||21 August 2012|
||12 April 2006|
||Municipal registration office||1 March 2017|
||National Passport Centre ("Διεύθυνση Διαβατηρίων/Αρχηγείο Ελληνικής Αστυνομίας")||28 August 2006|
Registration Office (Nyilvántartó Hivatal)
|1 March 2012|
||Consular and Passport Division of the "Department of Foreign Affairs||3 October 2013|
||"Minister of Foreign Affairs through||20 May 2010|
||29 January 2015|
||27 January 2011|
||Passport Office, Luxembourg||1 July 2011|
||Passport & Civil Registration Directorate||29 September 2008|
|" "The Netherlands||
||9 March 2014|
Application made within Poland:
Application made through a Polish consulate:
In both cases:
||1 January 2006|
|" "Portugal||Application made within Portugal:
||25 May 2009|
||"Ministry of Administration and Interior (General Directorate for Passports)||26 April 2006|
||15 January 2008|
||28 August 2006|
||2 January 2015|
||2 January 2012|
|" "United Kingdom||
See also: "Visa requirements for European Union citizens
Passport rankings by the number of countries and territories their holders could visit without a visa or by obtaining visa on arrival in 2016 were as follows (sourced from Henley Visa Restrictions Index 2016):
For details, click on the name of the country:
Some EU countries, such as Germany, Ireland, Malta and the UK, allow their citizens to have several passports at once to circumvent certain travel restrictions. This can be useful if wanting to travel while a passport remains at a consulate while a visa application is processed, or wanting to apply for further visas while already in a foreign country. It can also be needed to circumvent the fact that visitors whose passports show evidence of a visit to Israel are not allowed to enter Iran, Iraq, Lebanon, Libya, Saudi Arabia, the Sudan, Syria and Yemen (It is, however, possible to get the Israeli entry and exit stamp on a separate piece of paper).
Each EU and EFTA country can make its own citizenship laws, so some countries allow dual or multiple citizenship without any restrictions (e.g. France, Ireland, Italy, Sweden, the United Kingdom), some regulate/restrict it (e.g. Austria, Germany, the Netherlands, Spain), and others allow it only in exceptional cases (e.g. Lithuania) or only for citizens by descent (e.g. Croatia, Estonia).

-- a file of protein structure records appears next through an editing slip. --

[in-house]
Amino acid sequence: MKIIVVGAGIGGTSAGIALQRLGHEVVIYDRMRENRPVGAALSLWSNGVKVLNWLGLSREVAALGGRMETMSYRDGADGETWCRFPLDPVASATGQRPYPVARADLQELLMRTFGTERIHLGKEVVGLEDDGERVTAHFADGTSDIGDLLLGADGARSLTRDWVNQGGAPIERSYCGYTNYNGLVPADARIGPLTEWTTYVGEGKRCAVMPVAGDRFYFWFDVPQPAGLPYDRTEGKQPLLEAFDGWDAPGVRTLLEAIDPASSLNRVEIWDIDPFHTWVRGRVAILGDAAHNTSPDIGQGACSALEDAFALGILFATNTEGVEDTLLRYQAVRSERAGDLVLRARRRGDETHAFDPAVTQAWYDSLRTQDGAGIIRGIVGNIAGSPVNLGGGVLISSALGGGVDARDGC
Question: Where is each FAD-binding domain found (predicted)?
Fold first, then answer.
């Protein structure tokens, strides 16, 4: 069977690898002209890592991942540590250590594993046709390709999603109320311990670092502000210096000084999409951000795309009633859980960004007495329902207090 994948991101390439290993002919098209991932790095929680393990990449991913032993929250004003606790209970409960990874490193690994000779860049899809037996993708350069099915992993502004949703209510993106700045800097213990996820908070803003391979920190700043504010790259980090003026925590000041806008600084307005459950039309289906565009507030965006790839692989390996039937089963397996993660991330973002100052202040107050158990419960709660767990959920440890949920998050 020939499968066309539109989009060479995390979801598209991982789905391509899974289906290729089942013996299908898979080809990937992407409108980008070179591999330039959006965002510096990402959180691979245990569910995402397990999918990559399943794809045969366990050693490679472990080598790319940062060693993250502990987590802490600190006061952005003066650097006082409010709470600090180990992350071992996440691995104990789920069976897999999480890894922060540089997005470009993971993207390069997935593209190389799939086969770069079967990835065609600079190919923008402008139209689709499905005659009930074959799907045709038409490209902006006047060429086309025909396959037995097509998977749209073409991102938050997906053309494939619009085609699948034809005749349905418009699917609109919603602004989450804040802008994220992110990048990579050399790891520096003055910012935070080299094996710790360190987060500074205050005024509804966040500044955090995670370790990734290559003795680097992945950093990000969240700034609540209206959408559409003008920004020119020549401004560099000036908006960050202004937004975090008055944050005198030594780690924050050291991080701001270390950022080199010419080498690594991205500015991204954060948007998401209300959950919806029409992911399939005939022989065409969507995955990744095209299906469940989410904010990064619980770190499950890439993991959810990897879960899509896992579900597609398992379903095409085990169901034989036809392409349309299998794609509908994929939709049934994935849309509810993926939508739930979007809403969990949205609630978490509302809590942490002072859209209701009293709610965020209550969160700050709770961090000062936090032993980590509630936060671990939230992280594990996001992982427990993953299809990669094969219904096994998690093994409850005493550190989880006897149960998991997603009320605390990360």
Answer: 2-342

A citizen of an EEA or EFTA country can live and work in all other EU or EFTA countries (but not necessarily vote or work in sensitive fields, such as government, police, military where citizenship is often required). Non-citizens may not have the same rights to welfare and unemployment benefits like citizens.
Decision 96/409/CSFP of the Representatives of the Governments of the Member States, meeting within the Council of 25 June 1996 on the establishment of an emergency travel document, decided that there would be a standard emergency travel document (ETD).
ETDs are issued to European Union citizens for a single journey back to the EU country of which they are a national, to their country of permanent residence or, in exceptional cases, to another destination (inside or outside the Union). The decision does not apply to expired national passports; it is specifically confined to cases where travel documents have been lost, stolen or destroyed or are temporarily unavailable.
Embassies and consulates of EU countries different to the applicant may issue emergency travel documents if
As a consequence of citizenship of the European Union, when in a non-EU country EU citizens whose country maintains no diplomatic mission there, have the right to consular protection and assistance from a diplomatic mission of any other EU country present in the non-EU country.